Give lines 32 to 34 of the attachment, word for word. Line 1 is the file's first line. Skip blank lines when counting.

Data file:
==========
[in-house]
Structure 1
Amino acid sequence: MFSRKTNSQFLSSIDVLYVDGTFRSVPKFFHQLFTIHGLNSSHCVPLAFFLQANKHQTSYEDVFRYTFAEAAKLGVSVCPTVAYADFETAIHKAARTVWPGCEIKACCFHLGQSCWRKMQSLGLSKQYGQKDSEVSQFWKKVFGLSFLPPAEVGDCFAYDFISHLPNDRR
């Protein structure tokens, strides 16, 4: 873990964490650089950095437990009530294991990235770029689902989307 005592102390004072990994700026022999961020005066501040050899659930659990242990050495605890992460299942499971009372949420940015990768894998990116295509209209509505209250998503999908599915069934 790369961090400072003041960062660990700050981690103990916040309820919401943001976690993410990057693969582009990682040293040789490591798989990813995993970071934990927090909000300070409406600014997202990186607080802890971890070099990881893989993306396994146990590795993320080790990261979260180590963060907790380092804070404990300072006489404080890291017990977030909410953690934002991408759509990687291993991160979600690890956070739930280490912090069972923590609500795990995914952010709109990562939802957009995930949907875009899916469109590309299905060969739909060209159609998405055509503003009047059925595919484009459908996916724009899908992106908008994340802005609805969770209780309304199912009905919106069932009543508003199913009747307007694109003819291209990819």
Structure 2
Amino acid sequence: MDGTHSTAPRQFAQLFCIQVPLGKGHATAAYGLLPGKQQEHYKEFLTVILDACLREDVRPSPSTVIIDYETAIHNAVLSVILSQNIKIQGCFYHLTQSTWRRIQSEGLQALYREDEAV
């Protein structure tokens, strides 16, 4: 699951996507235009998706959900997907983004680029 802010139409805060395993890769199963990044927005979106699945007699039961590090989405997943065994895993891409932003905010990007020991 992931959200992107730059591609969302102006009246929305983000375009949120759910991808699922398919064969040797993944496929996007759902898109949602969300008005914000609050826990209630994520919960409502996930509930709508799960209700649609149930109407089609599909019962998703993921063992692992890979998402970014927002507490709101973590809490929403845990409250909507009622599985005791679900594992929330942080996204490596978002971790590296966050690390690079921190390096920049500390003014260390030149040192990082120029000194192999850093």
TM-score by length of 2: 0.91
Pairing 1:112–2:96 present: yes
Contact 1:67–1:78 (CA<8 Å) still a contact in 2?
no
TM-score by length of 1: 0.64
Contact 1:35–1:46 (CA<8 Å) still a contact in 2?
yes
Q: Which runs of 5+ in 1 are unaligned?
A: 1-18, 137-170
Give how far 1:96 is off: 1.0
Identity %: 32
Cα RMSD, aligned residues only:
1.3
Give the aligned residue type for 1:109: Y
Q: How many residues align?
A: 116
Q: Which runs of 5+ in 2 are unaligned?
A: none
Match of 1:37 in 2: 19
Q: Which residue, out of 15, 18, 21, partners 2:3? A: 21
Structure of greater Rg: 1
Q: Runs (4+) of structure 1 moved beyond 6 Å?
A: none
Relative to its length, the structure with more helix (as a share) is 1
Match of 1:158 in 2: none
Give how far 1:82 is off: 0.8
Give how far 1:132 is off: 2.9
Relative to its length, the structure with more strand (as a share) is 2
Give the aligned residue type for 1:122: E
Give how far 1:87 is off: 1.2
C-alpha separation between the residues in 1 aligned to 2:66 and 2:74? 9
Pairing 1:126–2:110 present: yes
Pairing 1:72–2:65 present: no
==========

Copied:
Match of 1:158 in 2: none
Give how far 1:82 is off: 0.8
Give how far 1:132 is off: 2.9